Representation Rebellion focuses on underrepresentation of women and leadership is yet another area where we don’t see women. As mentioned in the last blog post, “Where Are the Women Leaders?” , Fortune flaunted that in 2021 more women ran Fortune 500 companies than any other time in history. Wow, right? Look closer. Only 41 women out of 500 (8%) are CEOs. Should we be happy that we make up 50% of the population and we broke records at 8%?
This data is only a small part of the story. Since men are in top roles, women have been told to emulate men if we want to be leaders. In 2013, Sheryl Sandberg wrote Lean In: Women, Work and the Will to Lead. I disliked this book IMMENSELY (my parents told me to never use the word “hate”). Why? Because it was 240 pages of telling women if they wanted to get ahead, then act like a man. Speak up. Take credit for successes. Brag about your accomplishments. Ask for what you want, like that raise.
Based on the data if you act like a man, you will have a greater chance of being in a position of power. HOWEVER, acting like a man (nor dressing like one) [insert #3 woman in suit] doesn’t make you a good leader. As Tomas Chamorro-Premuzic and Cindy Gallop said in their article, “7 Leadership Lessons Men Can Learn from Women” in Harvard Business Review, “…the real problem is not a lack of competent females; it is too few obstacles for incompetent males, which explains the surplus of overconfident, narcissistic, and unethical people in charge.”
Therefore, the solution may be to have women stop acting like men and have men learn some of the more effective leadership behaviors embodied by women. I would argue these qualities should be practiced in and out of the workplace. It would make the world a better place.
According to Chamorro-Premuzic and Gallop, the seven critical leadership [and life] lessons are:
- Don’t lean in when you’ve got nothing to lean in about. Women have been told to “lean in” which can translate to assertiveness, confidence, or boldness. Yet, in men, this behavior can come across as self-promotion, aggressiveness, and taking credit for others’ accomplishments. Only lean in if you have the skills, qualities, and track record. We should promote people into leadership positions when they are competent, including in such leadership qualities as intelligence, empathy, and coachability, rather than just confident.
- Know your own limitations. Yes, believe in yourself, but don’t be delusional. In other words, be self-aware. Know your flaws and weaknesses. By being aware of your limitations, helps you understand how people see you and see where your gaps are between where you’re at and where you want to be. People who are self-aware are better able to prepare, maybe overprepare, which increases your competence and performance.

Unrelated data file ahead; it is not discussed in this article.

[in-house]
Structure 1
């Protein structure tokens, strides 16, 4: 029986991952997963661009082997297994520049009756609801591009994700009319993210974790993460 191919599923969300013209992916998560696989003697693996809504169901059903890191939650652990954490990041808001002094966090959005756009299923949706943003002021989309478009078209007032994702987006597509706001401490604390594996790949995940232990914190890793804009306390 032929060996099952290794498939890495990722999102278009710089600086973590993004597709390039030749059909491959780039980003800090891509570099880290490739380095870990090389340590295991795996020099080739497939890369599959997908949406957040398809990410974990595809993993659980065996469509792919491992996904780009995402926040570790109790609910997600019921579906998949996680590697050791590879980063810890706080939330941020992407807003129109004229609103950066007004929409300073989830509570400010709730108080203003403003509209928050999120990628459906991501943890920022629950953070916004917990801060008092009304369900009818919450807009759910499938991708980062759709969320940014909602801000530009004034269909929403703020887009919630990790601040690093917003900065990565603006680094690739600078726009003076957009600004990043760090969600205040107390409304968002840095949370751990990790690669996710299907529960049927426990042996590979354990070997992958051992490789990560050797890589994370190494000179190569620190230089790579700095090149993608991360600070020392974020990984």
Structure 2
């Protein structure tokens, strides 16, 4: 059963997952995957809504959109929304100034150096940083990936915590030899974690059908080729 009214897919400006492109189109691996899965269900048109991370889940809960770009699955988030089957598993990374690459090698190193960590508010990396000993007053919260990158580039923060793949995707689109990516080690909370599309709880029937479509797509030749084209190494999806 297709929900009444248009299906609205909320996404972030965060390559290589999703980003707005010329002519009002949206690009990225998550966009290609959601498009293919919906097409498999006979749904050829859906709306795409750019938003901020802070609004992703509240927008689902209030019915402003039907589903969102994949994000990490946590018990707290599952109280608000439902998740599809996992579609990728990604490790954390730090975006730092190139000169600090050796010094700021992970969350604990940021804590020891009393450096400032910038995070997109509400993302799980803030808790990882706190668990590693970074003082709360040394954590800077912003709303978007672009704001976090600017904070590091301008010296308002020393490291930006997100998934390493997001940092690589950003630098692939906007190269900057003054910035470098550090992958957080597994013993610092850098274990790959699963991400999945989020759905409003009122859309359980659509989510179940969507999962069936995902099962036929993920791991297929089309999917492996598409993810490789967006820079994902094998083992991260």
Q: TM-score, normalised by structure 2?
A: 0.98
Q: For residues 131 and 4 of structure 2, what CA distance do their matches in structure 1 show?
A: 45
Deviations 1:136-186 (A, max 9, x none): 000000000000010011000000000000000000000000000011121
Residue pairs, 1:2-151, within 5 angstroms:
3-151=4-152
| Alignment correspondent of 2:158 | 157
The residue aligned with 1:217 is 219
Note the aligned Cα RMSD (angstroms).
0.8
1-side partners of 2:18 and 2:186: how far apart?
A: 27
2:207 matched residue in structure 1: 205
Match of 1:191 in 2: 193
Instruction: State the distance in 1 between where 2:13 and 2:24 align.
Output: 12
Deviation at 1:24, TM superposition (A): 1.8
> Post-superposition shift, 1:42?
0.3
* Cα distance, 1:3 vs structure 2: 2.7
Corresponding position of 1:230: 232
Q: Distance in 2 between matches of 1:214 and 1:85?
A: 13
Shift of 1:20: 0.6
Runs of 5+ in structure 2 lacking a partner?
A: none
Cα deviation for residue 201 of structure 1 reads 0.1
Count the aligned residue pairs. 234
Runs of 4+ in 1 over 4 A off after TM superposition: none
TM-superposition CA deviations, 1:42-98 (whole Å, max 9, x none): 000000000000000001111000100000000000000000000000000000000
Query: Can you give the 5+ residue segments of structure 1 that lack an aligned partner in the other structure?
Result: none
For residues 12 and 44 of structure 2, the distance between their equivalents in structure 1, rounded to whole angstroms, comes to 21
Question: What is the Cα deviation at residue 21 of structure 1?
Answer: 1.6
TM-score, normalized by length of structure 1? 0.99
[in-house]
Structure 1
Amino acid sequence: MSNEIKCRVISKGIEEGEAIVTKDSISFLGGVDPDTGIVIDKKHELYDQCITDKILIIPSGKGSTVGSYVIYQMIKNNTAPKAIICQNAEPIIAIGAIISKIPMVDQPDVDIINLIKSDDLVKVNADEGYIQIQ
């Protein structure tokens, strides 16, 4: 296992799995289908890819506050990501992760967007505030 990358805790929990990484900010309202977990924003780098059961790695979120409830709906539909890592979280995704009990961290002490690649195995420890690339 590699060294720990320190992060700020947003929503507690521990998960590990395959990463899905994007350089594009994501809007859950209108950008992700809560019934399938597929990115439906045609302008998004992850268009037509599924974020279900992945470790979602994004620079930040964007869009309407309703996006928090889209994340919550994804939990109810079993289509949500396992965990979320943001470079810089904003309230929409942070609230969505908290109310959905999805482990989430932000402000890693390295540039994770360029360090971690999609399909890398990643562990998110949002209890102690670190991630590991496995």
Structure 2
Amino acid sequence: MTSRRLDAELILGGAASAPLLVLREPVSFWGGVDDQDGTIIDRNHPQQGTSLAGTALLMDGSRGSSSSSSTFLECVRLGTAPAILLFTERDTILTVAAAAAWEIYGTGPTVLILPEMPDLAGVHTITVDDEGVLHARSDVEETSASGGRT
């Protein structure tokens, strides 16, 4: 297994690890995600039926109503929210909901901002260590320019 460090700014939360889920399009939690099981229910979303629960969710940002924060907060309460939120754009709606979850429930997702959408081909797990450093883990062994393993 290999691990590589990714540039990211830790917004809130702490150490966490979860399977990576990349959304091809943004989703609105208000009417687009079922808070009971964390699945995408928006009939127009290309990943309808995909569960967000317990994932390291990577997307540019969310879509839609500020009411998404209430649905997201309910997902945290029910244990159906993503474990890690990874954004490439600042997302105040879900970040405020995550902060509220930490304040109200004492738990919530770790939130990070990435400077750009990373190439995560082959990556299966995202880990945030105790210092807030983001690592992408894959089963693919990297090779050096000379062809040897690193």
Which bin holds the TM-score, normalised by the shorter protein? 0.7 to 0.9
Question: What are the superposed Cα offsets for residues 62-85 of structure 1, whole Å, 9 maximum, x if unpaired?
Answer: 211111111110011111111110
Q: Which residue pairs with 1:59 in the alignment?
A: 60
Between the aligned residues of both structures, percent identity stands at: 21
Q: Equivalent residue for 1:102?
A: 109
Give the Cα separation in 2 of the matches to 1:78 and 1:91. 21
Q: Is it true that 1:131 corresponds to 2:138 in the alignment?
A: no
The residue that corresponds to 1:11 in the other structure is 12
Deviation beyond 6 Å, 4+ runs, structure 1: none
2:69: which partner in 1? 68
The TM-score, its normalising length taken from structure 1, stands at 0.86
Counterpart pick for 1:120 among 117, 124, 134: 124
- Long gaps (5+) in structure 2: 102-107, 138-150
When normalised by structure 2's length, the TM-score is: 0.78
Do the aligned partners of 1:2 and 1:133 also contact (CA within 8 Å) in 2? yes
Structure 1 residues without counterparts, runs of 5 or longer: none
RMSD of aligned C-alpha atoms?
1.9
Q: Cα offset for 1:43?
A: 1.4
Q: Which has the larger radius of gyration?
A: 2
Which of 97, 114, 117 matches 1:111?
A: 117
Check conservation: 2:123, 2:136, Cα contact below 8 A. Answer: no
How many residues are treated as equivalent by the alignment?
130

3. Motivate through transformation.
Research shows that women use transformational leadership to motivate and lead instead of transactional leadership which is the style men tend to employ. Transformational leaders are usually energetic, enthusiastic, and passionate and inspire positive changes in others. These types of leaders are concerned and engaged in the process, as well as being focused on helping every group member to succeed. In fact, leaders and group members support each other to progress to a higher level of purpose and motivation. On the other hand, transactional leadership, also known as managerial leadership, concentrates on organizational hierarchy, role of supervision, and group performance. Transactional leaders focus on specific tasks and use rewards and punishments to motivate their subordinates. Imagine if all our relationships were transformational and not transactional.
Listen, this is NOT an article about how awful men are at leading and that all women possesses the qualities and competencies of a transformational leader. That would be misrepresentation by generalizing, stereotyping, and furthering the divide between the genders. That’s NOT what Representation Rebellion is about. We are about bringing light to the story we’ve been fed, the one we’ve been buying, and changing the narrative so that we are better for it. ONWARD!